On Sunday, we talked about the need to submit to governing authorities (1 Peter 2:13-17). If you missed it, you can find it here (disclaimer: Jeremiah may or may not have gotten worked up a bit). However, a couple of folks asked me after our services if there were any scenarios where it’s ok to disobey our government. It’s a great question. The reason I didn’t address this topic in the sermon was because I see far more problems among professing believers in our nation today who are comfortable slandering and maligning our leaders rather than submitting to them or praying for them*. I wanted to stay on point and challenge us not to ignore passages like this (see also Romans 13:1-7 and 1 Timothy 2:1-4) as we try to think biblically about how to engage politically.
With that said, the answer is yes, there are times to defy the government. The simplest way to summarize these occasions is to ask the question: Am I being forced to disobey God by obeying this leader or law? A clear example of this can be found in Acts 4. Peter and John were preaching the gospel and the leaders had them arrested (4:1-4). The officials then threatened them and “ordered them not to speak or teach at all in the name of Jesus” (4:17-18). Obeying such an order is a direct violation of God’s Word. Jesus himself commanded us to spread the good news concerning his life, death, and resurrection (Matthew 28:18-20; Acts 1:8). Peter and John were convinced of that. So, they replied, “Whether it’s right in the sight of God for us to listen to you rather than to God, you decide; for we are unable to stop speaking about what we have seen and heard” (Acts 4:19-20). This is a clear example of biblical civil disobedience. But even in this situation, the command to show honor to and to pray for the leaders still applies. The command to submit, however, does not.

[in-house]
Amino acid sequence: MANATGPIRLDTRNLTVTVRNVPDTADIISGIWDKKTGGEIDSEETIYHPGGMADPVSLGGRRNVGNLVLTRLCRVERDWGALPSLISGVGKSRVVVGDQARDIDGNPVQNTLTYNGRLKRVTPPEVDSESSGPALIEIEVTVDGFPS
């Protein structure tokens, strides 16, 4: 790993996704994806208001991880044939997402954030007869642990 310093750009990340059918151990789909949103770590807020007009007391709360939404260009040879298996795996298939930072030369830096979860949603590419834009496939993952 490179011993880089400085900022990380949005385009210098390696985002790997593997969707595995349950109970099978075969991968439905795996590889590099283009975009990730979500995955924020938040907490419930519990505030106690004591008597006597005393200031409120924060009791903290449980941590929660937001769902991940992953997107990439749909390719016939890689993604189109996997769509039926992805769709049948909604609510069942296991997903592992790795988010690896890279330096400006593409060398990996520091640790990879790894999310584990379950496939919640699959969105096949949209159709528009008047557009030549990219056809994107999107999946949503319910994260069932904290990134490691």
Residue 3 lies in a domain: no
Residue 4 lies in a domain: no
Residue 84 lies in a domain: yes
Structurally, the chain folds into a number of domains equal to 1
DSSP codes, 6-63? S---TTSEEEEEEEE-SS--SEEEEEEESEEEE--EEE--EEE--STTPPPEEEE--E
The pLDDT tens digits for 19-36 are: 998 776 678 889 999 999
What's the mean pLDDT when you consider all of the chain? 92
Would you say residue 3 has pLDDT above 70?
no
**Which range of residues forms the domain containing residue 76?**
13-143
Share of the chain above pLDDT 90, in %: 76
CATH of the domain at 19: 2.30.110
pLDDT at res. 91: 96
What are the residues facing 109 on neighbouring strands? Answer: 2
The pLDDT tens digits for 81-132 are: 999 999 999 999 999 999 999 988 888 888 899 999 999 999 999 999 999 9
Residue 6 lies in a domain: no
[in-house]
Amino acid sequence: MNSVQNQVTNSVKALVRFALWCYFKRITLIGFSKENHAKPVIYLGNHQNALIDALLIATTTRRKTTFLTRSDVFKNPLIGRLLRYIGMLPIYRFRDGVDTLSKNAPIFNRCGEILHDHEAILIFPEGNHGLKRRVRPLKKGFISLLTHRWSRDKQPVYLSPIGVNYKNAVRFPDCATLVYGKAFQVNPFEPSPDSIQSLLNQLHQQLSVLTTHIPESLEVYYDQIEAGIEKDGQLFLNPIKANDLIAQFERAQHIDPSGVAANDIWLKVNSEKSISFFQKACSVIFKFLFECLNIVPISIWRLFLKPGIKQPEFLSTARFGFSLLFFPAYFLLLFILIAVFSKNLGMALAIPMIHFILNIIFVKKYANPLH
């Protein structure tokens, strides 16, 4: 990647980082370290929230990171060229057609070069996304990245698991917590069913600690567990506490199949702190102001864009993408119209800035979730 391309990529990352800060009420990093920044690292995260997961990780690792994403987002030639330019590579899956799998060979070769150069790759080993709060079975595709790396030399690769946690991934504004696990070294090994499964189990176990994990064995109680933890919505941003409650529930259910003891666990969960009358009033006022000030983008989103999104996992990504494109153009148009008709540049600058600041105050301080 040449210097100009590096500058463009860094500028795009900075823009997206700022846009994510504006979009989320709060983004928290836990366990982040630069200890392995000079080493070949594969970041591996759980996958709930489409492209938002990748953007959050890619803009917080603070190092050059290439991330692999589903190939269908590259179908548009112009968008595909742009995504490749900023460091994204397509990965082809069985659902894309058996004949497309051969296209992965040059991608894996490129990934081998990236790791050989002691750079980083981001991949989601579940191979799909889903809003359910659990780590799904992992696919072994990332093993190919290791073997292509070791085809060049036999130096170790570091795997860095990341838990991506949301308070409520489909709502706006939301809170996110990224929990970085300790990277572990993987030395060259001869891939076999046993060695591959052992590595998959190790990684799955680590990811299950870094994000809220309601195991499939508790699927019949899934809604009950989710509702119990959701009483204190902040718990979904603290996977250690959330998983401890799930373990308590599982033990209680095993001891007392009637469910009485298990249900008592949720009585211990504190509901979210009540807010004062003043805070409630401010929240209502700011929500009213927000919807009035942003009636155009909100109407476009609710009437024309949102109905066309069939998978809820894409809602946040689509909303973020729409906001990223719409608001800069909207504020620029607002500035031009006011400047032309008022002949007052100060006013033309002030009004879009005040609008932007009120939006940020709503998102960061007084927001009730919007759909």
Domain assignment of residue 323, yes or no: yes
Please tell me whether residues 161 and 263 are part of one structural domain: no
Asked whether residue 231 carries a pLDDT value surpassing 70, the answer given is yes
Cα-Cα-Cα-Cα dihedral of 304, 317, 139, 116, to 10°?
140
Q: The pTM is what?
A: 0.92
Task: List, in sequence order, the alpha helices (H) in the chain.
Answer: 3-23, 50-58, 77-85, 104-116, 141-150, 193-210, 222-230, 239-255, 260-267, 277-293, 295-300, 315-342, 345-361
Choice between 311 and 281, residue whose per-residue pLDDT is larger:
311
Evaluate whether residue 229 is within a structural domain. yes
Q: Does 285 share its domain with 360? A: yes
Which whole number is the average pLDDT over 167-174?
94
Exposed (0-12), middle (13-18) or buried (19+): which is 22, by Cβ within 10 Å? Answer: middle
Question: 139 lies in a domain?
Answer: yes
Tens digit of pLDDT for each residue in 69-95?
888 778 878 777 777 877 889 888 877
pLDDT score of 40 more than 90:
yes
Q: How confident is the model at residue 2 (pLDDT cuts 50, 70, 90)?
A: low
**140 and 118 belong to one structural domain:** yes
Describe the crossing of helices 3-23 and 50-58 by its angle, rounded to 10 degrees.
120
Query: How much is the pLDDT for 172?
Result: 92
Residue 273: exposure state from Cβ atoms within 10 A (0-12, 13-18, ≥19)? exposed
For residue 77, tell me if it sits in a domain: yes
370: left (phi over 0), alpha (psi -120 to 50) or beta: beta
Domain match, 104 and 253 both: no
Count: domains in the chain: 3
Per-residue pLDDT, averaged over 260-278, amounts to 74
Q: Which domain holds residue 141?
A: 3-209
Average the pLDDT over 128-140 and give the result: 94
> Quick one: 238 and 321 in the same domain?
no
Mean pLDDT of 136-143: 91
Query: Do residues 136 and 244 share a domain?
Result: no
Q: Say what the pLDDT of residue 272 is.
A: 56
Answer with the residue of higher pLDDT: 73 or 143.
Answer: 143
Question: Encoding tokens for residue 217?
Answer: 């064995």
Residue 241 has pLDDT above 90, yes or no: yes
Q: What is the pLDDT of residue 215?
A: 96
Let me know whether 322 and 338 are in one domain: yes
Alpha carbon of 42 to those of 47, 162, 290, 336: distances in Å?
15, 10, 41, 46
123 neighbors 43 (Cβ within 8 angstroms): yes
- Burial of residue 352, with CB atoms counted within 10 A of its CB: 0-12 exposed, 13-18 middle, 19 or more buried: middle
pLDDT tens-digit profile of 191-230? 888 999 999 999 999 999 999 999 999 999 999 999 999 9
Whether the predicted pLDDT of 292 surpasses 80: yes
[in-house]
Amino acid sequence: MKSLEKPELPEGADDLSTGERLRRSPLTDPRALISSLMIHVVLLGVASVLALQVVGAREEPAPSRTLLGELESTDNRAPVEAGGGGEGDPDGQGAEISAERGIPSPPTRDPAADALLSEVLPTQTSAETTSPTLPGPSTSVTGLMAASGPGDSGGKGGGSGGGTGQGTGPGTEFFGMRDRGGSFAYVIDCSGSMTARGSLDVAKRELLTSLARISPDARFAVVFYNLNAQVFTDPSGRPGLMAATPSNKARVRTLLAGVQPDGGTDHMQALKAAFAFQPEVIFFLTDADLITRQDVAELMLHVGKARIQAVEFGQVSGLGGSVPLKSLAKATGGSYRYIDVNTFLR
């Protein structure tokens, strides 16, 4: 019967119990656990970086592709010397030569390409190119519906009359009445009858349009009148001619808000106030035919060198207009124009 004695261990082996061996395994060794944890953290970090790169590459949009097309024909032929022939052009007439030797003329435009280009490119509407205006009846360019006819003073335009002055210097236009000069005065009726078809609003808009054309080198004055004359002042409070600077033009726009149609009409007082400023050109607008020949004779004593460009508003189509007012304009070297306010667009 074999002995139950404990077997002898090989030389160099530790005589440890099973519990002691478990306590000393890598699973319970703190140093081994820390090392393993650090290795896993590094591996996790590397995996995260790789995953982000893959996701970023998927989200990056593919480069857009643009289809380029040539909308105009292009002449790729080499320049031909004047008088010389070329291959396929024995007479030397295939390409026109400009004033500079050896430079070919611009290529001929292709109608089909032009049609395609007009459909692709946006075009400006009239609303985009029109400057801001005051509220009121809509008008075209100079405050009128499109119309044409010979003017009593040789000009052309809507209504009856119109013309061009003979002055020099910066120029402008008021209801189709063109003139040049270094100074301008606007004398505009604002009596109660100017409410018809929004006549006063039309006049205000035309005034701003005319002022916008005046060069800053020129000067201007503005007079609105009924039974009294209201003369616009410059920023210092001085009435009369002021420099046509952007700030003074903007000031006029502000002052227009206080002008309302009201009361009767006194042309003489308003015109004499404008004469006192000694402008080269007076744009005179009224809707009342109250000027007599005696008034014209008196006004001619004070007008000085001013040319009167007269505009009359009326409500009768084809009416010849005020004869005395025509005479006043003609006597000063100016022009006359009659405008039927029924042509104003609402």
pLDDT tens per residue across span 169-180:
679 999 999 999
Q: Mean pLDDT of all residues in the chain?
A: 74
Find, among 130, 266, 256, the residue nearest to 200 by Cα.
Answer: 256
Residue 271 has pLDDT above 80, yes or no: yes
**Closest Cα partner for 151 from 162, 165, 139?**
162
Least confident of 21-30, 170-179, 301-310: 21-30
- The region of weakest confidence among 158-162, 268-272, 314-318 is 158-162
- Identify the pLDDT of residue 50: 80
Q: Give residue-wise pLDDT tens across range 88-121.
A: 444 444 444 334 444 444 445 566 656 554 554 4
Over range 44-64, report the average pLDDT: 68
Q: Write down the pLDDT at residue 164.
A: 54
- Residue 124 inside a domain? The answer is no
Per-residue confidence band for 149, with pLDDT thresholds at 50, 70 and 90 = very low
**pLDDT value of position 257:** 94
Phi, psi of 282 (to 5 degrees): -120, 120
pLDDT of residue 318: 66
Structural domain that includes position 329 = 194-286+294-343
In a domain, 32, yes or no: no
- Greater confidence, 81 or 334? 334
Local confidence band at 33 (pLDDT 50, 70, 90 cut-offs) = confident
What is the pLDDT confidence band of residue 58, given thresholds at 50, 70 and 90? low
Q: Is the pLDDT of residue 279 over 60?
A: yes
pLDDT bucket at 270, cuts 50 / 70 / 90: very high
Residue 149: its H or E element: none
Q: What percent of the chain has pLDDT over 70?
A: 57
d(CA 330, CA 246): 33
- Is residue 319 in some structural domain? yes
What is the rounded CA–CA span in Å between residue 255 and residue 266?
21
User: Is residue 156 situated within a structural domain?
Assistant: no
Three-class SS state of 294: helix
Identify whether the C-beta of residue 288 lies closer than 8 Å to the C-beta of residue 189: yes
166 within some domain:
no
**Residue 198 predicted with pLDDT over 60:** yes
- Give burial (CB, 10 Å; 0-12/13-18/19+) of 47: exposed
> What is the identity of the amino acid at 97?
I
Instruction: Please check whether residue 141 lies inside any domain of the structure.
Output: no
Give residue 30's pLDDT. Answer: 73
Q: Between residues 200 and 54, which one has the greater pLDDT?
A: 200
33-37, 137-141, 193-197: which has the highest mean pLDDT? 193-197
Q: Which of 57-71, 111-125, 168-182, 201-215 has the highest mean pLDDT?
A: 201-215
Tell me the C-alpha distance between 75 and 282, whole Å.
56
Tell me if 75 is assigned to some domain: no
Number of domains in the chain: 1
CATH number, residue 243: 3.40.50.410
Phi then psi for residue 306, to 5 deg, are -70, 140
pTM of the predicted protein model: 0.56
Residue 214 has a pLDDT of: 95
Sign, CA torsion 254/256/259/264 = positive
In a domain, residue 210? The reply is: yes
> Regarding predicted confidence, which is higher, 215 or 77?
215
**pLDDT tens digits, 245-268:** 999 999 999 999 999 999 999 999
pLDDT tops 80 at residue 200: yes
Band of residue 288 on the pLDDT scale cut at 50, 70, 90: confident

Once again, we must remember the command to submit is negated only when being forced to disobey God’s Word. This is different than a leader or legislative body passing an unbiblical law. Every government does that. If a leader, for example, is pro-choice. You have a host of biblical reasons to oppose their view and to disagree with them. However, we still called to submit to them and honor them, even if we oppose what they stand for or the laws they create. Now, if that leader (to stick with the pro-choice example), creates a law stating that every person who already has two children is required to have an abortion for every subsequent pregnancy, then Christians have a right (and obligation) to defy such a law. Once again, such a law would not negate our responsibilities to keep praying for that leader and submit to them in other respects that do not violate the Word of God.
Much more can be said about this sticky and controversial topic. The book of 1 Peter is so important to us today. We are called to live faithfully as exiles in a world that opposes our Savior. May we walk with wisdom as we seek to point others to our Savior!
*The overtly hostile attitude by many professing Christians toward political leaders is a subset of a larger problem that is doing a great deal of damage to the church today: Christian Nationalism. Time and space prohibit a deeper dive on this issue but if you’d like to dip your toes in waters of such matters, check out this recent article by Jonathan Leeman.